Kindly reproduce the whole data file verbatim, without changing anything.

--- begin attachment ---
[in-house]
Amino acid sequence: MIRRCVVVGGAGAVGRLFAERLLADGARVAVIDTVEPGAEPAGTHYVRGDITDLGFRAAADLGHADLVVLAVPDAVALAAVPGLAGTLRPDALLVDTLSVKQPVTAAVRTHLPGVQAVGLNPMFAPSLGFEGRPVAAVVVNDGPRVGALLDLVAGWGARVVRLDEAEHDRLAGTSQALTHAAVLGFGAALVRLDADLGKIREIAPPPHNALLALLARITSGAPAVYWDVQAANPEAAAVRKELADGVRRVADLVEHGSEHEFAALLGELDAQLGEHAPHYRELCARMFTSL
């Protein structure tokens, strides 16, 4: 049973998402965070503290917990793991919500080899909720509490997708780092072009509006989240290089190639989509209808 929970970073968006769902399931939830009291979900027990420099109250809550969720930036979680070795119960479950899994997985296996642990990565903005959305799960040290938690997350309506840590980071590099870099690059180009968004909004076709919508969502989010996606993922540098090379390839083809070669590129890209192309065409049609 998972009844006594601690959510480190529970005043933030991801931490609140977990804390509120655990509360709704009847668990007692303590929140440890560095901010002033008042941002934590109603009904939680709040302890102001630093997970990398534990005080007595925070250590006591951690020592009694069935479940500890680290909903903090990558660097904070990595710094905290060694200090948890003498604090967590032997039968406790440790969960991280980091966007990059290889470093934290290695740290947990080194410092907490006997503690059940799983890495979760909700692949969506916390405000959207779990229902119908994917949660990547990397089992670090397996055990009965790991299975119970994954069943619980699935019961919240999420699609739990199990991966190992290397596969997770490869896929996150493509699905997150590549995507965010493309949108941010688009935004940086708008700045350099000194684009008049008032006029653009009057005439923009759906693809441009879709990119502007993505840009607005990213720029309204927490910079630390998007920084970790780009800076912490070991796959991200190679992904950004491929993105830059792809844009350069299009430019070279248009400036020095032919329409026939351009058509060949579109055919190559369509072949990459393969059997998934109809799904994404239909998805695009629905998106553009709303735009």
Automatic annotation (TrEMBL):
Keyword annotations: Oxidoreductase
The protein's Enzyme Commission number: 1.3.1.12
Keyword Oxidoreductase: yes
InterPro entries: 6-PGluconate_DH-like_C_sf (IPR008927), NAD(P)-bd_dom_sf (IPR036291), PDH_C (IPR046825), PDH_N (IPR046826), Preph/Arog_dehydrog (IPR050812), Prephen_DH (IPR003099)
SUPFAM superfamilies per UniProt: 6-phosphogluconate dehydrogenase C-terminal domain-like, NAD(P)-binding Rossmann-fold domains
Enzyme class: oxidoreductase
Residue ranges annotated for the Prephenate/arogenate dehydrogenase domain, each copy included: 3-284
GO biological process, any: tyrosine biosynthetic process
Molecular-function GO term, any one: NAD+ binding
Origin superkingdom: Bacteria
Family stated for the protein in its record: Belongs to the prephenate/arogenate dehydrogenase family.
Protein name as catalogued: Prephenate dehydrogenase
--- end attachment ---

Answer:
[in-house]
Amino acid sequence: MIRRCVVVGGAGAVGRLFAERLLADGARVAVIDTVEPGAEPAGTHYVRGDITDLGFRAAADLGHADLVVLAVPDAVALAAVPGLAGTLRPDALLVDTLSVKQPVTAAVRTHLPGVQAVGLNPMFAPSLGFEGRPVAAVVVNDGPRVGALLDLVAGWGARVVRLDEAEHDRLAGTSQALTHAAVLGFGAALVRLDADLGKIREIAPPPHNALLALLARITSGAPAVYWDVQAANPEAAAVRKELADGVRRVADLVEHGSEHEFAALLGELDAQLGEHAPHYRELCARMFTSL
């Protein structure tokens, strides 16, 4: 049973998402965070503290917990793991919500080899909720509490997708780092072009509006989240290089190639989509209808 929970970073968006769902399931939830009291979900027990420099109250809550969720930036979680070795119960479950899994997985296996642990990565903005959305799960040290938690997350309506840590980071590099870099690059180009968004909004076709919508969502989010996606993922540098090379390839083809070669590129890209192309065409049609 998972009844006594601690959510480190529970005043933030991801931490609140977990804390509120655990509360709704009847668990007692303590929140440890560095901010002033008042941002934590109603009904939680709040302890102001630093997970990398534990005080007595925070250590006591951690020592009694069935479940500890680290909903903090990558660097904070990595710094905290060694200090948890003498604090967590032997039968406790440790969960991280980091966007990059290889470093934290290695740290947990080194410092907490006997503690059940799983890495979760909700692949969506916390405000959207779990229902119908994917949660990547990397089992670090397996055990009965790991299975119970994954069943619980699935019961919240999420699609739990199990991966190992290397596969997770490869896929996150493509699905997150590549995507965010493309949108941010688009935004940086708008700045350099000194684009008049008032006029653009009057005439923009759906693809441009879709990119502007993505840009607005990213720029309204927490910079630390998007920084970790780009800076912490070991796959991200190679992904950004491929993105830059792809844009350069299009430019070279248009400036020095032919329409026939351009058509060949579109055919190559369509072949990459393969059997998934109809799904994404239909998805695009629905998106553009709303735009």
Automatic annotation (TrEMBL):
Keyword annotations: Oxidoreductase
The protein's Enzyme Commission number: 1.3.1.12
Keyword Oxidoreductase: yes
InterPro entries: 6-PGluconate_DH-like_C_sf (IPR008927), NAD(P)-bd_dom_sf (IPR036291), PDH_C (IPR046825), PDH_N (IPR046826), Preph/Arog_dehydrog (IPR050812), Prephen_DH (IPR003099)
SUPFAM superfamilies per UniProt: 6-phosphogluconate dehydrogenase C-terminal domain-like, NAD(P)-binding Rossmann-fold domains
Enzyme class: oxidoreductase
Residue ranges annotated for the Prephenate/arogenate dehydrogenase domain, each copy included: 3-284
GO biological process, any: tyrosine biosynthetic process
Molecular-function GO term, any one: NAD+ binding
Origin superkingdom: Bacteria
Family stated for the protein in its record: Belongs to the prephenate/arogenate dehydrogenase family.
Protein name as catalogued: Prephenate dehydrogenase